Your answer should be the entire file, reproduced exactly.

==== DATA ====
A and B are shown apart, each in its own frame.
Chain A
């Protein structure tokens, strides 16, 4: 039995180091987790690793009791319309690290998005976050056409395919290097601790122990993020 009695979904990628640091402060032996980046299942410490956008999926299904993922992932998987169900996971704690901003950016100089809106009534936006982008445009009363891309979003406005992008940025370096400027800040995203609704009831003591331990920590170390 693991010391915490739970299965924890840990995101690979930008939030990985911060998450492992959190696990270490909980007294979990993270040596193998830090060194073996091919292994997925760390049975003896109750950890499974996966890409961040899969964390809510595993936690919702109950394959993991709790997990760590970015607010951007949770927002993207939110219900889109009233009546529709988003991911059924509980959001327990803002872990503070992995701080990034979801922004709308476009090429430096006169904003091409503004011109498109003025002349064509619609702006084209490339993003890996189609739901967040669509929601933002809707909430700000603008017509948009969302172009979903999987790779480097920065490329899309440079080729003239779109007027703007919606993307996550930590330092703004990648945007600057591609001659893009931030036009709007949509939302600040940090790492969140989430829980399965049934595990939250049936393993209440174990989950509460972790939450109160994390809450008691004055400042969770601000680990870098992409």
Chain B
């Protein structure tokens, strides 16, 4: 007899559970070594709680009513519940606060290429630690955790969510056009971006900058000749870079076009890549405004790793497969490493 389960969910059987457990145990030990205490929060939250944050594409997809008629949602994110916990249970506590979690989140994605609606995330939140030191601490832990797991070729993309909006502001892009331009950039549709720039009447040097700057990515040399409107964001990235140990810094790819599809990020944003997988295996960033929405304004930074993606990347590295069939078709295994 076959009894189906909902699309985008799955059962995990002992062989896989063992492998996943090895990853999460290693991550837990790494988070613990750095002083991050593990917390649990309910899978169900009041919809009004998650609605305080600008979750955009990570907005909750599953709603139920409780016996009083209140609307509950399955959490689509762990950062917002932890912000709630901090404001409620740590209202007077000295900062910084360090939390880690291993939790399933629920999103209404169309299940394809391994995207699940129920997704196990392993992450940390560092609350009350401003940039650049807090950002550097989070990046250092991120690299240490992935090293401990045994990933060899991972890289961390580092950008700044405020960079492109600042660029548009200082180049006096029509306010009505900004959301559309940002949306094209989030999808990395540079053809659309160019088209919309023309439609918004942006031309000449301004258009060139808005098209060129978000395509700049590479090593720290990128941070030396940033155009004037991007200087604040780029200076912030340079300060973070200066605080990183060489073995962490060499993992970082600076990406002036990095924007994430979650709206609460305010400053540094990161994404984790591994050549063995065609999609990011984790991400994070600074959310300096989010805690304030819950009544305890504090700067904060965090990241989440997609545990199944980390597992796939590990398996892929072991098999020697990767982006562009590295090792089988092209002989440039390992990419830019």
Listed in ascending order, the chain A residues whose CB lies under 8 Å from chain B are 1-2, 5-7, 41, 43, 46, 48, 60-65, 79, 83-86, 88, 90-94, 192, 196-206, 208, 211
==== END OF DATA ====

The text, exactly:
A and B are shown apart, each in its own frame.
Chain A
């Protein structure tokens, strides 16, 4: 039995180091987790690793009791319309690290998005976050056409395919290097601790122990993020 009695979904990628640091402060032996980046299942410490956008999926299904993922992932998987169900996971704690901003950016100089809106009534936006982008445009009363891309979003406005992008940025370096400027800040995203609704009831003591331990920590170390 693991010391915490739970299965924890840990995101690979930008939030990985911060998450492992959190696990270490909980007294979990993270040596193998830090060194073996091919292994997925760390049975003896109750950890499974996966890409961040899969964390809510595993936690919702109950394959993991709790997990760590970015607010951007949770927002993207939110219900889109009233009546529709988003991911059924509980959001327990803002872990503070992995701080990034979801922004709308476009090429430096006169904003091409503004011109498109003025002349064509619609702006084209490339993003890996189609739901967040669509929601933002809707909430700000603008017509948009969302172009979903999987790779480097920065490329899309440079080729003239779109007027703007919606993307996550930590330092703004990648945007600057591609001659893009931030036009709007949509939302600040940090790492969140989430829980399965049934595990939250049936393993209440174990989950509460972790939450109160994390809450008691004055400042969770601000680990870098992409």
Chain B
């Protein structure tokens, strides 16, 4: 007899559970070594709680009513519940606060290429630690955790969510056009971006900058000749870079076009890549405004790793497969490493 389960969910059987457990145990030990205490929060939250944050594409997809008629949602994110916990249970506590979690989140994605609606995330939140030191601490832990797991070729993309909006502001892009331009950039549709720039009447040097700057990515040399409107964001990235140990810094790819599809990020944003997988295996960033929405304004930074993606990347590295069939078709295994 076959009894189906909902699309985008799955059962995990002992062989896989063992492998996943090895990853999460290693991550837990790494988070613990750095002083991050593990917390649990309910899978169900009041919809009004998650609605305080600008979750955009990570907005909750599953709603139920409780016996009083209140609307509950399955959490689509762990950062917002932890912000709630901090404001409620740590209202007077000295900062910084360090939390880690291993939790399933629920999103209404169309299940394809391994995207699940129920997704196990392993992450940390560092609350009350401003940039650049807090950002550097989070990046250092991120690299240490992935090293401990045994990933060899991972890289961390580092950008700044405020960079492109600042660029548009200082180049006096029509306010009505900004959301559309940002949306094209989030999808990395540079053809659309160019088209919309023309439609918004942006031309000449301004258009060139808005098209060129978000395509700049590479090593720290990128941070030396940033155009004037991007200087604040780029200076912030340079300060973070200066605080990183060489073995962490060499993992970082600076990406002036990095924007994430979650709206609460305010400053540094990161994404984790591994050549063995065609999609990011984790991400994070600074959310300096989010805690304030819950009544305890504090700067904060965090990241989440997609545990199944980390597992796939590990398996892929072991098999020697990767982006562009590295090792089988092209002989440039390992990419830019």
Listed in ascending order, the chain A residues whose CB lies under 8 Å from chain B are 1-2, 5-7, 41, 43, 46, 48, 60-65, 79, 83-86, 88, 90-94, 192, 196-206, 208, 211